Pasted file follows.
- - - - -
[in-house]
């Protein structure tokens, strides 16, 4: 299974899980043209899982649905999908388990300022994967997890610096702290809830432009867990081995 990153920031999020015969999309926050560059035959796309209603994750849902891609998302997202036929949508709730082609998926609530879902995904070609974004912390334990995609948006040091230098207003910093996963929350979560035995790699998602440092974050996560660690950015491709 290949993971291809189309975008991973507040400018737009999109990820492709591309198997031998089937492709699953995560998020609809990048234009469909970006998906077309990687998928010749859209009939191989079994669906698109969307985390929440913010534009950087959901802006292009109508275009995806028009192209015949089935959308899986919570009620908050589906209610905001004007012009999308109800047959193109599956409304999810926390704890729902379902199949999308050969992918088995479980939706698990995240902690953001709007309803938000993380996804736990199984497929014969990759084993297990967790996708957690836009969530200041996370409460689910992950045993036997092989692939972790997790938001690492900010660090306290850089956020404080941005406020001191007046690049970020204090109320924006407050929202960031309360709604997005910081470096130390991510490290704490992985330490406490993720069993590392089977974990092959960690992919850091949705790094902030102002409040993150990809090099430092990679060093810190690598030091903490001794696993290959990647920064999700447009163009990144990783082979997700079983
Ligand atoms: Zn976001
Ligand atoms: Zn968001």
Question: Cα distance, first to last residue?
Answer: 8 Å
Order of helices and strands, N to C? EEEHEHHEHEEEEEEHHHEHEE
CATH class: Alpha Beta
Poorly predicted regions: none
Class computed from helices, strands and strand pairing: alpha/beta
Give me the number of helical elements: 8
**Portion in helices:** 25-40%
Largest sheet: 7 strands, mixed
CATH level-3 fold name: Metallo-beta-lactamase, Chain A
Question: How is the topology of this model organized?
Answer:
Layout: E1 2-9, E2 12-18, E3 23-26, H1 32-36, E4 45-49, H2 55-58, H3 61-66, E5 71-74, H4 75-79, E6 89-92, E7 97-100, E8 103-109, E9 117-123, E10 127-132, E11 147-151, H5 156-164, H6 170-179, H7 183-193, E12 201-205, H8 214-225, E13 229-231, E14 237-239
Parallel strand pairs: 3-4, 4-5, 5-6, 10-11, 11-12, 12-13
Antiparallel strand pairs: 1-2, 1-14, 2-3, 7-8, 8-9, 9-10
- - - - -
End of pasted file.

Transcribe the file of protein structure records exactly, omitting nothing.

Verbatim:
[in-house]
């Protein structure tokens, strides 16, 4: 299974899980043209899982649905999908388990300022994967997890610096702290809830432009867990081995 990153920031999020015969999309926050560059035959796309209603994750849902891609998302997202036929949508709730082609998926609530879902995904070609974004912390334990995609948006040091230098207003910093996963929350979560035995790699998602440092974050996560660690950015491709 290949993971291809189309975008991973507040400018737009999109990820492709591309198997031998089937492709699953995560998020609809990048234009469909970006998906077309990687998928010749859209009939191989079994669906698109969307985390929440913010534009950087959901802006292009109508275009995806028009192209015949089935959308899986919570009620908050589906209610905001004007012009999308109800047959193109599956409304999810926390704890729902379902199949999308050969992918088995479980939706698990995240902690953001709007309803938000993380996804736990199984497929014969990759084993297990967790996708957690836009969530200041996370409460689910992950045993036997092989692939972790997790938001690492900010660090306290850089956020404080941005406020001191007046690049970020204090109320924006407050929202960031309360709604997005910081470096130390991510490290704490992985330490406490993720069993590392089977974990092959960690992919850091949705790094902030102002409040993150990809090099430092990679060093810190690598030091903490001794696993290959990647920064999700447009163009990144990783082979997700079983
Ligand atoms: Zn976001
Ligand atoms: Zn968001």
Question: Cα distance, first to last residue?
Answer: 8 Å
Order of helices and strands, N to C? EEEHEHHEHEEEEEEHHHEHEE
CATH class: Alpha Beta
Poorly predicted regions: none
Class computed from helices, strands and strand pairing: alpha/beta
Give me the number of helical elements: 8
**Portion in helices:** 25-40%
Largest sheet: 7 strands, mixed
CATH level-3 fold name: Metallo-beta-lactamase, Chain A
Question: How is the topology of this model organized?
Answer:
Layout: E1 2-9, E2 12-18, E3 23-26, H1 32-36, E4 45-49, H2 55-58, H3 61-66, E5 71-74, H4 75-79, E6 89-92, E7 97-100, E8 103-109, E9 117-123, E10 127-132, E11 147-151, H5 156-164, H6 170-179, H7 183-193, E12 201-205, H8 214-225, E13 229-231, E14 237-239
Parallel strand pairs: 3-4, 4-5, 5-6, 10-11, 11-12, 12-13
Antiparallel strand pairs: 1-2, 1-14, 2-3, 7-8, 8-9, 9-10